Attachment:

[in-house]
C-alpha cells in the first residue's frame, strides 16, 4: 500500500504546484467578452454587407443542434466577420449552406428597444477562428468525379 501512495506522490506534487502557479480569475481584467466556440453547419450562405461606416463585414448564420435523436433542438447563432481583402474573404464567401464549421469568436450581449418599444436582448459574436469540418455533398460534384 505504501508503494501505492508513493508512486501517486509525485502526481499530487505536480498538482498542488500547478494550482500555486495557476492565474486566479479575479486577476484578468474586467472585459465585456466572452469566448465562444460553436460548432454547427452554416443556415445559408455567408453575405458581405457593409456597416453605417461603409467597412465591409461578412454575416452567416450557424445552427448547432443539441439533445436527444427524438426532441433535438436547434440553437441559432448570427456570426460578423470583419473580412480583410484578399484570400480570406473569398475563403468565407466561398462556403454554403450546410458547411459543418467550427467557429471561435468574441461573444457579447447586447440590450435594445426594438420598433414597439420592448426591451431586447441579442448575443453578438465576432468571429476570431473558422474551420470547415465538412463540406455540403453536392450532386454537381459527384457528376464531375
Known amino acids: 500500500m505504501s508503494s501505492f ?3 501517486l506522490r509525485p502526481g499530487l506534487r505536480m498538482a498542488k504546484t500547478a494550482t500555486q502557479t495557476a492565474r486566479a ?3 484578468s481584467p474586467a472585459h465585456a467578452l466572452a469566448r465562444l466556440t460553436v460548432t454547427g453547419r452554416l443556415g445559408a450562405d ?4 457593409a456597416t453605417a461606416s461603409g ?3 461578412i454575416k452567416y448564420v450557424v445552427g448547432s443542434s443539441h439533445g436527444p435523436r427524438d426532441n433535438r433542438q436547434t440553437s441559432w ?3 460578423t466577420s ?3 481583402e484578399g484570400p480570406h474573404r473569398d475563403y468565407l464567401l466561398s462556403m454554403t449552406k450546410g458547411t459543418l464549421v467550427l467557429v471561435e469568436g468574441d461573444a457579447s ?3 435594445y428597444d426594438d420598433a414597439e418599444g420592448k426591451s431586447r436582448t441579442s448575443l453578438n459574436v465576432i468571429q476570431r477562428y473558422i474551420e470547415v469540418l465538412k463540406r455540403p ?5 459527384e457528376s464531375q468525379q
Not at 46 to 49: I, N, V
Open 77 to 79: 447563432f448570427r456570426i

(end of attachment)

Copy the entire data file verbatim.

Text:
[in-house]
C-alpha cells in the first residue's frame, strides 16, 4: 500500500504546484467578452454587407443542434466577420449552406428597444477562428468525379 501512495506522490506534487502557479480569475481584467466556440453547419450562405461606416463585414448564420435523436433542438447563432481583402474573404464567401464549421469568436450581449418599444436582448459574436469540418455533398460534384 505504501508503494501505492508513493508512486501517486509525485502526481499530487505536480498538482498542488500547478494550482500555486495557476492565474486566479479575479486577476484578468474586467472585459465585456466572452469566448465562444460553436460548432454547427452554416443556415445559408455567408453575405458581405457593409456597416453605417461603409467597412465591409461578412454575416452567416450557424445552427448547432443539441439533445436527444427524438426532441433535438436547434440553437441559432448570427456570426460578423470583419473580412480583410484578399484570400480570406473569398475563403468565407466561398462556403454554403450546410458547411459543418467550427467557429471561435468574441461573444457579447447586447440590450435594445426594438420598433414597439420592448426591451431586447441579442448575443453578438465576432468571429476570431473558422474551420470547415465538412463540406455540403453536392450532386454537381459527384457528376464531375
Known amino acids: 500500500m505504501s508503494s501505492f ?3 501517486l506522490r509525485p502526481g499530487l506534487r505536480m498538482a498542488k504546484t500547478a494550482t500555486q502557479t495557476a492565474r486566479a ?3 484578468s481584467p474586467a472585459h465585456a467578452l466572452a469566448r465562444l466556440t460553436v460548432t454547427g453547419r452554416l443556415g445559408a450562405d ?4 457593409a456597416t453605417a461606416s461603409g ?3 461578412i454575416k452567416y448564420v450557424v445552427g448547432s443542434s443539441h439533445g436527444p435523436r427524438d426532441n433535438r433542438q436547434t440553437s441559432w ?3 460578423t466577420s ?3 481583402e484578399g484570400p480570406h474573404r473569398d475563403y468565407l464567401l466561398s462556403m454554403t449552406k450546410g458547411t459543418l464549421v467550427l467557429v471561435e469568436g468574441d461573444a457579447s ?3 435594445y428597444d426594438d420598433a414597439e418599444g420592448k426591451s431586447r436582448t441579442s448575443l453578438n459574436v465576432i468571429q476570431r477562428y473558422i474551420e470547415v469540418l465538412k463540406r455540403p ?5 459527384e457528376s464531375q468525379q
Not at 46 to 49: I, N, V
Open 77 to 79: 447563432f448570427r456570426i